Six Protestant clergymen arrested in Shanghai, Biblical theme park planned in Liaoning

Hong Kong, China – The latest adventure of Leung Moon-lam, owner of a Hong Kong-based business empire who fled the mainland in the early 1970s, is a theme park combining the Bible and Chinese culture. Yet, religious repression in the mainland continues unabated. In Shanghai, police detained six Christian leaders from a banned underground church in an apparent bid to stop an “unauthorised” outdoor service yesterday.

Leoung’s theme park should be built in Liaoning province. A Christian convert in 1996, the entrepreneur wants to build ‘Harmony World’ in which Christianity and Chinese traditional culture are combined. Other Christian entrepreneurs are involved in the 2.3 km2 project salted to go up in Tieling.

Given the amount of money involved, the central government might actually be interested. However, it would hardly be a sign of openness towards religion. Yesterday’s raid in Shanghai shows that Beijing’s official policy towards religion is the same.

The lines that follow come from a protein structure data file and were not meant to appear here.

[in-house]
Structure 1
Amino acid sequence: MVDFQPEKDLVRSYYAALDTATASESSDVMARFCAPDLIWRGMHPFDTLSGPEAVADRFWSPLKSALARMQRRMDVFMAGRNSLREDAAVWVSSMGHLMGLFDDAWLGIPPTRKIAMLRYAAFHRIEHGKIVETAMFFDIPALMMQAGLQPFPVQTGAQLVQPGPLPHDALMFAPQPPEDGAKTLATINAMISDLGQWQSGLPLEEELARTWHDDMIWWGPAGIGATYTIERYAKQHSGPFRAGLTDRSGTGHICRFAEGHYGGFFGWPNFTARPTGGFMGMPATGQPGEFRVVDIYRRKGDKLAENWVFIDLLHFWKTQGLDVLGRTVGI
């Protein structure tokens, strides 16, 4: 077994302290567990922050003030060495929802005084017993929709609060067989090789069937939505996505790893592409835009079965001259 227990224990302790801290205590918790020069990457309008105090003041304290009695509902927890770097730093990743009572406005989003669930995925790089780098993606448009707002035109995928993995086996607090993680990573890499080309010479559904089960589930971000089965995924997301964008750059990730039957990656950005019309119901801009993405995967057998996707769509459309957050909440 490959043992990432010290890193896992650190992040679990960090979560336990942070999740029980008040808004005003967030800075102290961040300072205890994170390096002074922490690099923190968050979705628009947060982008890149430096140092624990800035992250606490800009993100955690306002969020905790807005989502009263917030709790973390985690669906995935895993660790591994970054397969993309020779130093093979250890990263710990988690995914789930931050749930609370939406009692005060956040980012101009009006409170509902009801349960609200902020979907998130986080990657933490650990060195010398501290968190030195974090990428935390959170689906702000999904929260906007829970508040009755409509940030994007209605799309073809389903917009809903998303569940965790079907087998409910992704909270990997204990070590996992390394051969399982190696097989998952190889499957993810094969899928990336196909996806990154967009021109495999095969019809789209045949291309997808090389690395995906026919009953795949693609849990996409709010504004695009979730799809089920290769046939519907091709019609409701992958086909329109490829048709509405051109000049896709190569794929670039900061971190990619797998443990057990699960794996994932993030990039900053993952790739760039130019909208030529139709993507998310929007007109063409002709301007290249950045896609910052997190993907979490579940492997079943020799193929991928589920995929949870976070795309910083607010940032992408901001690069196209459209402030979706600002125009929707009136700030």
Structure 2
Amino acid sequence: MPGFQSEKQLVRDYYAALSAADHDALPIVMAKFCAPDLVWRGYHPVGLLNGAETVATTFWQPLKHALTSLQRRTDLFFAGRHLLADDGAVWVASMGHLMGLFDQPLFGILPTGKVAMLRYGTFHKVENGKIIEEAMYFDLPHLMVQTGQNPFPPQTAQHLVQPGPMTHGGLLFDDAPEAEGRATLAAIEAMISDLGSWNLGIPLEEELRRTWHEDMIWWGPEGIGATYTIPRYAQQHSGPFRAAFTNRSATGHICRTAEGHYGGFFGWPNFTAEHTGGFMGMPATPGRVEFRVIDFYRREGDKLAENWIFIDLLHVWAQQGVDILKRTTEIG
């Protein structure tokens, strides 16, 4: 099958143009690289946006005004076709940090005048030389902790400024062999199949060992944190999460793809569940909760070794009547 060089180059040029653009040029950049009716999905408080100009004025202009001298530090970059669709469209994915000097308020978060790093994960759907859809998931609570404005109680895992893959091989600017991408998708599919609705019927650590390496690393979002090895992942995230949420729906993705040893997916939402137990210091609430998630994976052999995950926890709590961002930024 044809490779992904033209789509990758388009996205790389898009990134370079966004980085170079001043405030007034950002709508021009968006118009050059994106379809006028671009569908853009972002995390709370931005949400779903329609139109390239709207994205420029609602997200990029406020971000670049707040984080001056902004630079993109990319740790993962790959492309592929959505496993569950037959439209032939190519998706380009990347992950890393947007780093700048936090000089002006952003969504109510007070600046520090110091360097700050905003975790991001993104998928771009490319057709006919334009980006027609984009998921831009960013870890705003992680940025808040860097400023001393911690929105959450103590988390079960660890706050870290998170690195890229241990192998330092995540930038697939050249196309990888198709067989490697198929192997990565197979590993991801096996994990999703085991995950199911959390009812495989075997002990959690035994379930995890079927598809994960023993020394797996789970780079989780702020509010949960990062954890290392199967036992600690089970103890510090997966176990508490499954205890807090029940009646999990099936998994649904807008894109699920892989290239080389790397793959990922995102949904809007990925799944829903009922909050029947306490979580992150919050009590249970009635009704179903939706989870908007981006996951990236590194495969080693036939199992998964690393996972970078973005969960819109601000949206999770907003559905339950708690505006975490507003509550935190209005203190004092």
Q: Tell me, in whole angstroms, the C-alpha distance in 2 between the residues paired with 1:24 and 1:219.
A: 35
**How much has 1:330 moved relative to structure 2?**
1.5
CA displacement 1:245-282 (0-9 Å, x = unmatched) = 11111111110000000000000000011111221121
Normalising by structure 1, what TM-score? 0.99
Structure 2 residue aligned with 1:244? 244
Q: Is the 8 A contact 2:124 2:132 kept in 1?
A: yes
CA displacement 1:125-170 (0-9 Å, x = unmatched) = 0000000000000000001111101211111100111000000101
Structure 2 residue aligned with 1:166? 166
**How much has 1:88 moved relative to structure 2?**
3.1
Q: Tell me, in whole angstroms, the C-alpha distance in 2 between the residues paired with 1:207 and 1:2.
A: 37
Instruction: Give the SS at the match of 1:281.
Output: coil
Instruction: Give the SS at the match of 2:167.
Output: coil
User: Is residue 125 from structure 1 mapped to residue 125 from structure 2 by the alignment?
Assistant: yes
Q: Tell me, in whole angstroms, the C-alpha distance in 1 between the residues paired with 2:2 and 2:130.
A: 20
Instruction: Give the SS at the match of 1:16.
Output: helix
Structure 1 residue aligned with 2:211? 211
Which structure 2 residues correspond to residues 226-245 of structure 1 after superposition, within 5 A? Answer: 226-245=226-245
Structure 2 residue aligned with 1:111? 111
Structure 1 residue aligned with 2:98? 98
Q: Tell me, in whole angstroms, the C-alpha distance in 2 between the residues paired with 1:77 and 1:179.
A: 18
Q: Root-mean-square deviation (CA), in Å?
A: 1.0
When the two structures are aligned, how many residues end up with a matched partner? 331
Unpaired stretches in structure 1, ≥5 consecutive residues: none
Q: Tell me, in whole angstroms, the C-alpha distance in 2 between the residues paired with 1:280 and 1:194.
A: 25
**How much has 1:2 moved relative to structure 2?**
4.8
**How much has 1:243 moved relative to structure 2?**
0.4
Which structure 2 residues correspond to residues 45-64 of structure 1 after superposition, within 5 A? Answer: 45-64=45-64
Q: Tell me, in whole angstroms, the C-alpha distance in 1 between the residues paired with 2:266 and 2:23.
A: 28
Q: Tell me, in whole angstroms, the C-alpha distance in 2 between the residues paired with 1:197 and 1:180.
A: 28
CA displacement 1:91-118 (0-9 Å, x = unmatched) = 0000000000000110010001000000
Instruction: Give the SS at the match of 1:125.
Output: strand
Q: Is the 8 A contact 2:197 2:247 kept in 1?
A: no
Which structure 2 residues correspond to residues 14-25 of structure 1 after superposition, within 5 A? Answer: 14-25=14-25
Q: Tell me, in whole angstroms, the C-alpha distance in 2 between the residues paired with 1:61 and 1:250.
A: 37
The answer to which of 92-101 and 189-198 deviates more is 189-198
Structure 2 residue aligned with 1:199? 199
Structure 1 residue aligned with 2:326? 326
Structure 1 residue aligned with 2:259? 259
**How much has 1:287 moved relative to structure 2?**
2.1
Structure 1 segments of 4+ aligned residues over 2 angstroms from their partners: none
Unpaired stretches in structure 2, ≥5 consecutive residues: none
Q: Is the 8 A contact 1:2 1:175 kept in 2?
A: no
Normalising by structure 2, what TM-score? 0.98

According to Cui Quan, senior pastor at the Shanghai Wanbang Church, police detained six Christian clergymen for interrogation but in fact, the real purpose was to prevent a public function planned for the afternoon.

The unregistered church, which has about 1,000 members, was closed by the local district Civil Affairs Bureau two weeks ago because it deemed its activities illegal. The congregation still planned to meet at the park but the authorities detained the clergymen to block the service.

"We have nothing to fear, but we feel the religious environment in China has got a lot worse recently," Rev Cui Quan said. “For those of us who are firm in our beliefs, our faith will only grow stronger, but for those who are not so strong, this is a huge blow."

After the arrest, some 500 people managed to worship there yesterday morning anyway.

The church has launched an official complaint against its closure, arguing that freedom of assembly and religion are protected under the constitution.

This is not the first time the Wanbang church has been targeted by the authorities. In February, police and State Administration for Religious Affairs officials ordered it to cancel a seminar, and when the church defied the order, the church's landlord was pressured to terminate the rental agreement.

This month, Beijing-based Shouwang Church, with about 700 members, was forced to worship at a park in a snowstorm after being evicted from its rented premises.